First exams are coming

First exams are coming, kinda like “winter is coming.”  Yes, I just quoted Game of Thrones.  “Winter Is Coming” is the motto of House Stark, one of the Great Houses of Westeros. On Game of Thrones, “winter is coming” is a warning to be vigilant and prepare for the worst. The Starks, lords of the North, strive to be prepared for winter, which hits their lands the hardest.  (Hits us hard, too, but not ‘til December.) For now, be like the Starks (minus the Red Wedding episode) and be vigilant in your preparation for your first exams.  There’s a D in cold, but there doesn’t need to be one on your transcript.

How will you prepare for the upcoming first round of exams?  Have you made study guides, met with tutors, done all the readings?  No? If not, you’re probably not alone, but that doesn’t mean you shouldn’t or couldn’t start now.

Some ideas on getting ready:

  • Attend NH50 study groups
  • Review the learning objectives in your syllabi
  • Do the Chemistry problems
  • Attend any and all Supplemental Instruction sessions
  • Book an appointment with a tutor
  • Go to your Professor’s office hours
  • Go to your TA’s office hours
  • Ask other students in your class how they are studying
  • Pair up with someone in your link group and study together
  • Speak to your advisor
  • Make flashcards of vocab terms (quizlet works!)
  • Rather than re-reading the text (again) test yourself by responding to the learning outcomes at the beginning of the chapter

It is completely okay to be nervous for your first round of college exams.  It is not like high school. You might not know what to expect.  I have mentioned before that my way of doing assignments was doing it all in one night. This is not actually a best practice.  Especially with exams.  Going over the material in advance and in increments will make you feel a bit less stressed and help you retain information long term.  That said, everyone gets nervous about an exam even if you think you know the information cold.

The night before an exam, make sure you get a good night’s sleep. Feeling tired before and during an exam won’t seem fun and won’t be helpful.  Eat something beforehand. Your brain is about to do something amazing- feed it!  Being Hangry and Taking an exam do not mix.

When it’s all over, join the links and fellow CNHS students for pizza, chocolate, and conversation at the First Exam Debrief, 5:00 p.m. on September 26 in Rowell 118. Celebrate and commiserate with each other now. Stay vigilant. The next round of exams is coming soon.


Creating Your Plan for the Week

So the first week has come and gone.  Mixed emotions I am sure were had by all.  First week of classes has happened and you received documents that will help you be successful.  Those documents are called syllabuses.  Find them, study them, plan them out, be friends with them.  Of course the subject materials that are in the syllabuses will ultimately be the main factor in being successful in those courses, but actually knowing when that subject material needs to be covered or when an exam is or a paper is due is extremely helpful.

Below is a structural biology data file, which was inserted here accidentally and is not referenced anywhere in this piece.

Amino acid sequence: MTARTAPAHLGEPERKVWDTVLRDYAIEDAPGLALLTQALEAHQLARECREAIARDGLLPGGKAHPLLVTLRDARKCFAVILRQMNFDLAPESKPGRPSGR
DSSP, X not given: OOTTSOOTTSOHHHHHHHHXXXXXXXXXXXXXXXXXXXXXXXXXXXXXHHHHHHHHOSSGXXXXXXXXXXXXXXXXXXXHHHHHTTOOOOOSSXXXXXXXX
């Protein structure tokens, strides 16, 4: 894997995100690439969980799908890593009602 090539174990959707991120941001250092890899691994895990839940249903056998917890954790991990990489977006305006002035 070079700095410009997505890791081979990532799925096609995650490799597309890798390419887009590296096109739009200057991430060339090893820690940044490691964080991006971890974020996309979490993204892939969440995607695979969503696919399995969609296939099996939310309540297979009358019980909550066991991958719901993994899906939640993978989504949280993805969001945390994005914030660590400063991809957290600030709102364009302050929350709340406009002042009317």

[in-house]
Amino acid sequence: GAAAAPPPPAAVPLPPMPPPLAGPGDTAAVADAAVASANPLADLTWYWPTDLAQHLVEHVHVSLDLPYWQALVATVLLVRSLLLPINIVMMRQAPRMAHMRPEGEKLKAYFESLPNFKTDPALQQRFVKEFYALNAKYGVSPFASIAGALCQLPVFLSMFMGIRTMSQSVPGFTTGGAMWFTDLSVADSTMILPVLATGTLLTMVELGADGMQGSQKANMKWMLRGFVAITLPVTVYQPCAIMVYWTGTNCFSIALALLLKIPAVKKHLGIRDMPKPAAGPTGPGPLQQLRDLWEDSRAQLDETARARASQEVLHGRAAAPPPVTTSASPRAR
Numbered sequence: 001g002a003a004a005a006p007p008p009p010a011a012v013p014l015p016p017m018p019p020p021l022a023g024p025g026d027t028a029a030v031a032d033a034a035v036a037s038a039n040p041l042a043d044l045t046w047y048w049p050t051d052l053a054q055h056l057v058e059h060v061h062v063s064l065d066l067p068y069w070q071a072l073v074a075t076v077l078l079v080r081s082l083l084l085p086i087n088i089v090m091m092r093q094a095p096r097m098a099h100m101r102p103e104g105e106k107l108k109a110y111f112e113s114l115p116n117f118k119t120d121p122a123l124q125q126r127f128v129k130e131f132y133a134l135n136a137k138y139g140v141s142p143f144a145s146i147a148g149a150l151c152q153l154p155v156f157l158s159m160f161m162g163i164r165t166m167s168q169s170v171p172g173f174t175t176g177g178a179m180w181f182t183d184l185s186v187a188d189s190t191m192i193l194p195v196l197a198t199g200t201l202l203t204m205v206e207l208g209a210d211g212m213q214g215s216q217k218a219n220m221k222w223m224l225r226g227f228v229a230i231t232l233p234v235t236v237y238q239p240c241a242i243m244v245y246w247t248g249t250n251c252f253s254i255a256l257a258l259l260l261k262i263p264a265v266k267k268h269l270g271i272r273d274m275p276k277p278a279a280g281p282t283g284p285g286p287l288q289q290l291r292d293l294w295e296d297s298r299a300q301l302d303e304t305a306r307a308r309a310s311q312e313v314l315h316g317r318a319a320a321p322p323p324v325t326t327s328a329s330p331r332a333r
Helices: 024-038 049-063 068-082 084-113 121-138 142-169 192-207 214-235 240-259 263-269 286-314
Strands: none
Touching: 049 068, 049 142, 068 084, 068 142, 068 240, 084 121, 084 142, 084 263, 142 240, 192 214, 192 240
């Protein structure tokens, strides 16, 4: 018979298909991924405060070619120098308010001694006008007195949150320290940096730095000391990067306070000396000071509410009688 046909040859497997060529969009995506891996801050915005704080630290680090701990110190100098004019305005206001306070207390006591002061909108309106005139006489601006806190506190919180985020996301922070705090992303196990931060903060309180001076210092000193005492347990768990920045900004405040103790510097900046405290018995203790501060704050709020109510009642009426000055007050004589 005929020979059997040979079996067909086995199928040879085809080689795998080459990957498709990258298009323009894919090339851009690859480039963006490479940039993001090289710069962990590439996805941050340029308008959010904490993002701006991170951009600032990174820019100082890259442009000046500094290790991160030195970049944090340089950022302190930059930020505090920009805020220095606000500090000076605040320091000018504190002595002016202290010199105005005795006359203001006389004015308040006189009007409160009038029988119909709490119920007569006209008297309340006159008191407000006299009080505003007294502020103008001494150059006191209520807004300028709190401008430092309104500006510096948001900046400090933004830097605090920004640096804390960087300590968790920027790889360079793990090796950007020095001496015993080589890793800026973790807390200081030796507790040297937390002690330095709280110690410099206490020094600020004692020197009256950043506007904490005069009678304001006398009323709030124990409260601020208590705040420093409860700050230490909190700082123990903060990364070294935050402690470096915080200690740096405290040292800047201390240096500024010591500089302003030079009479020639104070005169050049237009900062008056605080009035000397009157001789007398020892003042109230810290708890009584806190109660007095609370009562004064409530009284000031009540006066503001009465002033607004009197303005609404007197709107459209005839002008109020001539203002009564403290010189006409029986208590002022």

Some of you might have already gone through these syllabuses and planned out your entire semester and when and what you need to do.  However, some might have not even opened it up to take a look.  It is not too late if you are in the latter category.  Take 15 to 20 minutes and read them.  Plan your week at least and then make a plan to plan for the following week.  Being on track will make it less overwhelming than cramming it in the night before. Trust me, I did it constantly while I was in college.  I constantly wrote papers in one night, pulling that all-nighter and afterwards being a zombie for the next couple of days.  Was it worth it?  No.  Do I wish I could have figured out how to get things done in advanced or in small increments, oh hellz yes.  My roommate could plan it out and on the night before the paper was due, she would be doing a couple of tweaks and saying goodnight while I was still plugging along on my computer figuring out where my paper was even going.

In looking at your syllabuses and planning your week, I would highly recommend figuring out where there is me time or friend time or basically just fun time.  There is so much pressure to do everything all at once.  You are trying to navigate a new place, making new friends, and balancing that with still doing well in your courses.  It is a lot to take in and I know that the FOMO is real (yes I looked up what that actually stood for, showing my age).  Staying in to do those chapters will bring less stress in coming weeks.  I know, I know,  easier said than done, right?  I might not be in college anymore, but I do get it.